What to give and what to hold
A friend as he was thriving in his mid-level executive role once said to me, “I always go into meetings with three points in mind. The things I ready to negotiate, the things that are non-negotiable and the things that are open for discussion.” In essence, he knew what to give, what to hold and what he could afford to lose.
There is a discipline that goes into preparing for meetings if at the end of that meeting you intend to come away better informed and better prepared to tackle the issues discussed.
Degrees of tolerance
This discipline however does not just pertain to meetings, it pervades all spheres of life and can be recast as what one is willing to accept, what things are just unacceptable and the things in view of the situation or circumstance one is willing to tolerate, endure or even excuse.
It takes a good sense of self, self-worth and self-esteem to project in those ways and generally that is what is viewed as character and or principle in makeup of that person.
Chaotic is not living
Yet, I wonder about the distractions of life and of technology in some cases that makes many things negotiable and very little constant. That some people thrive on upheaval rather than stability is not only strange, but it could well be that the life is more chaotic than engineered.
The inability to commit, when stability is in the horizon because we are presented with more choices yet no choice. The quest for better over the good in anticipation for the best and ending up worse is an unnecessary precursor to stress and depression.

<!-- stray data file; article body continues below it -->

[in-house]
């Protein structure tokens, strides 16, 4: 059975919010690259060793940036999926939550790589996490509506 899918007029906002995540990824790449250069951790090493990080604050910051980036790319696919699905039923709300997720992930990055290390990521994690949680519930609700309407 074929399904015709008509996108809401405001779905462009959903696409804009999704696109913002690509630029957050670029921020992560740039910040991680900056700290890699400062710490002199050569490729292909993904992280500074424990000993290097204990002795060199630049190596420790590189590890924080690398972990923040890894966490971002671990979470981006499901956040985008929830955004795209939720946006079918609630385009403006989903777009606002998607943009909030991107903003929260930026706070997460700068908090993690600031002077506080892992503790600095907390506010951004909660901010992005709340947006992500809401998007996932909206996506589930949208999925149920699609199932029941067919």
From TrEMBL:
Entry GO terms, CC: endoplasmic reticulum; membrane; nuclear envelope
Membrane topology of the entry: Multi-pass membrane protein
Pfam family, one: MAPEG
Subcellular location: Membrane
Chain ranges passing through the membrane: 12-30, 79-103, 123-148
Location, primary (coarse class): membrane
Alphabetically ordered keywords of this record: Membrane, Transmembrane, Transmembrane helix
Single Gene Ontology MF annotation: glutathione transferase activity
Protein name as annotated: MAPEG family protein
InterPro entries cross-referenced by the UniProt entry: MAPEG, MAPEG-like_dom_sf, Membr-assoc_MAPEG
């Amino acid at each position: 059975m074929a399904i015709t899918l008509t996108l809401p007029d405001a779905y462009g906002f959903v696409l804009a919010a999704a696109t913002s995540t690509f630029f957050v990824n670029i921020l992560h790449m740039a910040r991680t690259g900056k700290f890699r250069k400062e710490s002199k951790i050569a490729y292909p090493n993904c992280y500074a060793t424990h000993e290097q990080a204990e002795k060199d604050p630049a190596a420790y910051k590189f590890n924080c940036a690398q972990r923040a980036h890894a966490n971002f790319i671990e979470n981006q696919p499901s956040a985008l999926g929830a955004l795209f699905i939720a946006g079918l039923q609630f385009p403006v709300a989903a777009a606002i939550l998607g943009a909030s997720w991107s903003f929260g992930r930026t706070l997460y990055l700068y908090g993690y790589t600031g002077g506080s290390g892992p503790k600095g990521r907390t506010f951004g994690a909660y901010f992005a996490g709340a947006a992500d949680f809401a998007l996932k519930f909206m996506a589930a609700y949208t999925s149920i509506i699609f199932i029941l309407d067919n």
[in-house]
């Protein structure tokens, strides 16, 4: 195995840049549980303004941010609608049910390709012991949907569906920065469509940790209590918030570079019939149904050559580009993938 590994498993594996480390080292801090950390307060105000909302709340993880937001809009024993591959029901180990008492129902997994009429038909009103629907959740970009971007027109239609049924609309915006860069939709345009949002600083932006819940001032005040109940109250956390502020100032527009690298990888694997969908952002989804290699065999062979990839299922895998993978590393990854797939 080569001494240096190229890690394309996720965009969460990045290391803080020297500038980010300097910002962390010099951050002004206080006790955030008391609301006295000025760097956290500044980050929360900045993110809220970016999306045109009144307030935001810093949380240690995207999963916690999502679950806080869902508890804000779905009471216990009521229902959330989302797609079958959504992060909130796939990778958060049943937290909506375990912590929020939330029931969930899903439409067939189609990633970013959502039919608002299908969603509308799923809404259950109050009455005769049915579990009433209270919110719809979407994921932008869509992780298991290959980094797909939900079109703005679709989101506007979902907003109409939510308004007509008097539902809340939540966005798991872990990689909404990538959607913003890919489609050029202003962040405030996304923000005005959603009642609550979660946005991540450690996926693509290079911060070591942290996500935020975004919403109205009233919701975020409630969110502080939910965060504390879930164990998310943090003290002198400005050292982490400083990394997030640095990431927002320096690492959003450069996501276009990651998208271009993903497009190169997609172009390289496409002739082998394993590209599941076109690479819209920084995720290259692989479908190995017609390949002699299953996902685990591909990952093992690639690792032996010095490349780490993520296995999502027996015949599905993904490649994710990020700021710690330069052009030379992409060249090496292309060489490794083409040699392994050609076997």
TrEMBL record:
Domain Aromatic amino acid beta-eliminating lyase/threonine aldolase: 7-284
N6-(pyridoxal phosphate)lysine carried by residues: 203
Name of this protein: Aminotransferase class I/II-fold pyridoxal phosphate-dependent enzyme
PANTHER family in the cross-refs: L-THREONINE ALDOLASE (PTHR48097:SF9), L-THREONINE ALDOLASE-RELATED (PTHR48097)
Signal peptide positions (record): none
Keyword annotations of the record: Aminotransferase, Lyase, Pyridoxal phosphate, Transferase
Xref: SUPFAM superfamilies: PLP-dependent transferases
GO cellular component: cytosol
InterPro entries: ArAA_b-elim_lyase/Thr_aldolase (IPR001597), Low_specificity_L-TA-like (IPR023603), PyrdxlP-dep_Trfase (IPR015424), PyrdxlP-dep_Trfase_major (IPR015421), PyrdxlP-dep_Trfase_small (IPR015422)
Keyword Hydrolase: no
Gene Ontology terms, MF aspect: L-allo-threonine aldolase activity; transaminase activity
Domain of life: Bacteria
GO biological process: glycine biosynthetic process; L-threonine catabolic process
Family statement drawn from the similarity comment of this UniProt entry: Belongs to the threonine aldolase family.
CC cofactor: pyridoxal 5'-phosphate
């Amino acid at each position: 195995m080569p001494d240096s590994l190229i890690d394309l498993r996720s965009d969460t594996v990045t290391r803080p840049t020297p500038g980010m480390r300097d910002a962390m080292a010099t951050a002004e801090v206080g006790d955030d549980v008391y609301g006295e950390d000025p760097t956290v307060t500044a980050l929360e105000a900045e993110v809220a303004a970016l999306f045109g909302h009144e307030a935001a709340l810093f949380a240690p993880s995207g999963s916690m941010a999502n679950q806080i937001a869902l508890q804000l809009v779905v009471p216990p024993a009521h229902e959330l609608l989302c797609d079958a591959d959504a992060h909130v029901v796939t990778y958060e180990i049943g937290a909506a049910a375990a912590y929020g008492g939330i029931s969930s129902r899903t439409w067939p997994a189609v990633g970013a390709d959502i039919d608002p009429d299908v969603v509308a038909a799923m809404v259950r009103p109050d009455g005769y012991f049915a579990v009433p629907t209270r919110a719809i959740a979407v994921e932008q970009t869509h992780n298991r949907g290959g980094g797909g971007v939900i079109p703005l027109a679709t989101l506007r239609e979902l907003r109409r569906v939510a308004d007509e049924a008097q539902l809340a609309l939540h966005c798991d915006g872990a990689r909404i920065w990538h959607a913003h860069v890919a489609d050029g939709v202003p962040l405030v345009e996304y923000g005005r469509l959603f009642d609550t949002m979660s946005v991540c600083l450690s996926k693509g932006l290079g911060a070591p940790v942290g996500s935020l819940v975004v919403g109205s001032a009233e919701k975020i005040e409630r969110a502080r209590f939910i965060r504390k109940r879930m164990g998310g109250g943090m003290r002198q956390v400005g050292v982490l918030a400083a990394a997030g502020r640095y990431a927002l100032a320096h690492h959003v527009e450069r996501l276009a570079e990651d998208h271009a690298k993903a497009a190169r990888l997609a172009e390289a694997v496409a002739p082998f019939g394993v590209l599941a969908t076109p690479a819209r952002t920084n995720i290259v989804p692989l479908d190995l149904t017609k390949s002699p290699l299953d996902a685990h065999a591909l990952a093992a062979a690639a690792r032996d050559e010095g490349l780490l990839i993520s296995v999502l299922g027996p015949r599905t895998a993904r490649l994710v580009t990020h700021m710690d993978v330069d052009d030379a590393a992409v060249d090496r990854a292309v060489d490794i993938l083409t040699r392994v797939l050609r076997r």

Where we think we are making decisions, we are sometimes running away from our reality and engaged in pursuit of Utopia in life, in relationships, in our work life and many more areas of endeavour.
Stand somewhere to run anywhere
It is unhealthy. We need to find a platform of stability to launch ourselves from, a steady boat on stormy waters, something that is part of routine so that we can work better on our creativity and creativeness to be better people to ourselves and our communities.
We need to limit the distractions so that we can become involved participants rather than spectators and worse still, voyeurs ogling at the experiences of others. This is not to dampen our sense of curiosity, but if curiosity is for titillation rather than the opportunity to learn something new, we would be left with mirages and images of the lives of others and nothing to talk of, of ourselves.
We need to stand somewhere to be able to run anywhere.